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September Dawn

A descent into caricatures
By ADAM REILLY  |  August 22, 2007
1.5 1.5 Stars

VIDEO: Watch the trailer for September Dawn.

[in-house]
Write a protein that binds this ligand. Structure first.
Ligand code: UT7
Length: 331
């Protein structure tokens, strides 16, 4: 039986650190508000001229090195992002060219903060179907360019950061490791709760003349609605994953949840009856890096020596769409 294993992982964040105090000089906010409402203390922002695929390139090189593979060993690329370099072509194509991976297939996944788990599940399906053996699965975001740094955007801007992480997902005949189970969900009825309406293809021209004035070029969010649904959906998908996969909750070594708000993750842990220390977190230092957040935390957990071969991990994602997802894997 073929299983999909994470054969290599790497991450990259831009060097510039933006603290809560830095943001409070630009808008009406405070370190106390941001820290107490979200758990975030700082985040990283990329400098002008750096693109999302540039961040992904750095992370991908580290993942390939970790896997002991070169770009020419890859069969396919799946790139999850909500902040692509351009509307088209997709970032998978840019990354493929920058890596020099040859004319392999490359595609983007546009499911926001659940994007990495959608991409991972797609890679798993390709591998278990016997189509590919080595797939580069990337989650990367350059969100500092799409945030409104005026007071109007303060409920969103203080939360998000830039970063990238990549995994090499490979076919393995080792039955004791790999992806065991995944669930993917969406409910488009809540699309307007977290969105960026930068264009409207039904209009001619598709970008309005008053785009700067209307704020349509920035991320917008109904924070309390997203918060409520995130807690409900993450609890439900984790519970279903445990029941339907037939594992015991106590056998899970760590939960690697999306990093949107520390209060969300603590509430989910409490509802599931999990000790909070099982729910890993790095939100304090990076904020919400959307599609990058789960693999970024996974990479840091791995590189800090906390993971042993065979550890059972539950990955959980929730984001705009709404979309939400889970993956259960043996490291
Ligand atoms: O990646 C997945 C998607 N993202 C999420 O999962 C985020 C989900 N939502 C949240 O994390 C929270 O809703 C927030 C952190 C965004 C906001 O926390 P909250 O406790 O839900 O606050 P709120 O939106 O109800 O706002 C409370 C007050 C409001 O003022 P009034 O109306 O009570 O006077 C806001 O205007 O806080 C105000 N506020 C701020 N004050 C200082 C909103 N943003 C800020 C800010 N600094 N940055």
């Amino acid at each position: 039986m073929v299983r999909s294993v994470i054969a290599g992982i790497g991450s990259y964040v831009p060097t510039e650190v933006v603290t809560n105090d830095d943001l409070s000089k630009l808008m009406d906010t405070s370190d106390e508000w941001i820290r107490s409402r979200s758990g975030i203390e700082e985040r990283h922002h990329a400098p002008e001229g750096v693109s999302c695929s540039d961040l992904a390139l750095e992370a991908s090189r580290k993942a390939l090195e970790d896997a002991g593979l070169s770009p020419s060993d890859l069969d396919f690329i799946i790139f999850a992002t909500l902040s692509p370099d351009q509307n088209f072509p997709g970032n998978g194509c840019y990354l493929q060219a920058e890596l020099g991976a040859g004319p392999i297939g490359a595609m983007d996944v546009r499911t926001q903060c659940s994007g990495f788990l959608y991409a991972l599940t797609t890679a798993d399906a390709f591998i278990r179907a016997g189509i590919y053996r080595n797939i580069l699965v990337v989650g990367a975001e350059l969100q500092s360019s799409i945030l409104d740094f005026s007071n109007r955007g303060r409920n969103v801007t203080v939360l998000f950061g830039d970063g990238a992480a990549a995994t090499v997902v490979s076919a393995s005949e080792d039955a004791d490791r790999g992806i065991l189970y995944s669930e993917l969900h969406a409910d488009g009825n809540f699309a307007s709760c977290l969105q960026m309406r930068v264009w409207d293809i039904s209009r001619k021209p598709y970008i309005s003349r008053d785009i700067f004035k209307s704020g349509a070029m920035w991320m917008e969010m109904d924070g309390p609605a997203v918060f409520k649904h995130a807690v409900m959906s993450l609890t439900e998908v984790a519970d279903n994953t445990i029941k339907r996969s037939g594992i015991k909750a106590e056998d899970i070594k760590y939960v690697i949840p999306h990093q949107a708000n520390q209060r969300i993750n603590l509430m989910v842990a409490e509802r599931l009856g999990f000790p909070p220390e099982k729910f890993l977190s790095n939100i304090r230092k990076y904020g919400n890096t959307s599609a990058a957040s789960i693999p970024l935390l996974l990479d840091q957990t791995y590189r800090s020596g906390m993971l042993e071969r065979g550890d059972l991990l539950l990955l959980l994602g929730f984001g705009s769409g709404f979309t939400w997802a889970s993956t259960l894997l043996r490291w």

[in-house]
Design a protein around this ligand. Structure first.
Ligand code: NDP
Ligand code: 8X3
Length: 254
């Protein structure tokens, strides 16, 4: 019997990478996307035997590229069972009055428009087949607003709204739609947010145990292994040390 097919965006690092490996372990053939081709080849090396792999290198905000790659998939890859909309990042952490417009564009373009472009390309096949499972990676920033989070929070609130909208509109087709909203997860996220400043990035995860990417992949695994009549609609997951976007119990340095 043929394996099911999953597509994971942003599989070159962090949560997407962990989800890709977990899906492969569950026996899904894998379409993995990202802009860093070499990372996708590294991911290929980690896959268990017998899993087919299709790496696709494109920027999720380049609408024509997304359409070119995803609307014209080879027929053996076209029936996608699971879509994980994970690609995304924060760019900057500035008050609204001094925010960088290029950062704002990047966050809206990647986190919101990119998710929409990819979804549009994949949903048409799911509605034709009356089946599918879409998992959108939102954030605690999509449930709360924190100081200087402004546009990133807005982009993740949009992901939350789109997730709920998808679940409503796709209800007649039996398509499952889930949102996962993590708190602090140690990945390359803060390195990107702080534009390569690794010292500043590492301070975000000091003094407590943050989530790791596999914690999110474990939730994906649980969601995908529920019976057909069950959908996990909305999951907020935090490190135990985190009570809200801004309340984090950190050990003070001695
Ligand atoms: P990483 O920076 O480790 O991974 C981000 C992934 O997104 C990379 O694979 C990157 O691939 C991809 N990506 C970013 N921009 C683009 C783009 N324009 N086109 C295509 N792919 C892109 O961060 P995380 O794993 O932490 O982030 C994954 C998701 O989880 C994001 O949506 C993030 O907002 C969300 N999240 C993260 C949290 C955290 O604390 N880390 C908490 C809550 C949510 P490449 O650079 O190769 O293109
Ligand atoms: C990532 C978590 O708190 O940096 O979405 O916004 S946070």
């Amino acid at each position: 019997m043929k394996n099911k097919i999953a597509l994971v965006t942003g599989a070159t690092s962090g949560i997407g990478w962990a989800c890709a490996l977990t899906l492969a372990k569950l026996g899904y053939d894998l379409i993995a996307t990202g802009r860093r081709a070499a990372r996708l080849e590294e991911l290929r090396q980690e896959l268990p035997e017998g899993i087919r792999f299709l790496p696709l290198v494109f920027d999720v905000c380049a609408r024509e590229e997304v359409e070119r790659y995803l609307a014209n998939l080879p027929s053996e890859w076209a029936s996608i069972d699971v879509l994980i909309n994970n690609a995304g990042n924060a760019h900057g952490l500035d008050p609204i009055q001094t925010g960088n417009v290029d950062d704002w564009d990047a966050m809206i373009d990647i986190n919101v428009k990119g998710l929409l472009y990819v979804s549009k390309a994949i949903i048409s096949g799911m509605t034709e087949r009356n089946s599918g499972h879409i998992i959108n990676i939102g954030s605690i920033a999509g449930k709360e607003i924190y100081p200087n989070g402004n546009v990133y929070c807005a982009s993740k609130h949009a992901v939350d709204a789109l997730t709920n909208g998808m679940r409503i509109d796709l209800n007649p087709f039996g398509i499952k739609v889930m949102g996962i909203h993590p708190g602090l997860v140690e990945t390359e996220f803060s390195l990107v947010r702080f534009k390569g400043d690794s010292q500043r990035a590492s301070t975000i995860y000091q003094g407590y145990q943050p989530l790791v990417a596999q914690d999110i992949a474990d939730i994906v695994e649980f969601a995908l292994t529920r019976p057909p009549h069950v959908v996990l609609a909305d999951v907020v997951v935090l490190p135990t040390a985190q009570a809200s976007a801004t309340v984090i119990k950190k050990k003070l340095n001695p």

In the Mountain Meadows massacre, which took place in the Utah Territory in 1857, 120 California-bound settlers were murdered by Mormon militiamen and their Indian allies. There’s still disagreement over whether the killings had the imprimatur of Mormon leader Brigham Young (Terence Stamp), but director Christopher Cain lays the blame squarely at Young’s feet. Fair enough — this isn’t a documentary. The film’s descent into caricature is less tolerable: the settlers are a wholesome bunch, whereas the Mormons led by Bishop Jacob Samuelson (Jon Voight) are horror-movie villains. The massacre’s historical context (the Mormon retreat to Utah, advancing US troops) gets short shrift; instead, we watch hero/Mormon dissident (Trent Ford) whisper to an unruly stallion and woo Emily Hudson (Tamara Hope), the spunky settler who steals his heart. The violence, when it comes, is shot in slow, luxuriant detail that feels almost pornographic.
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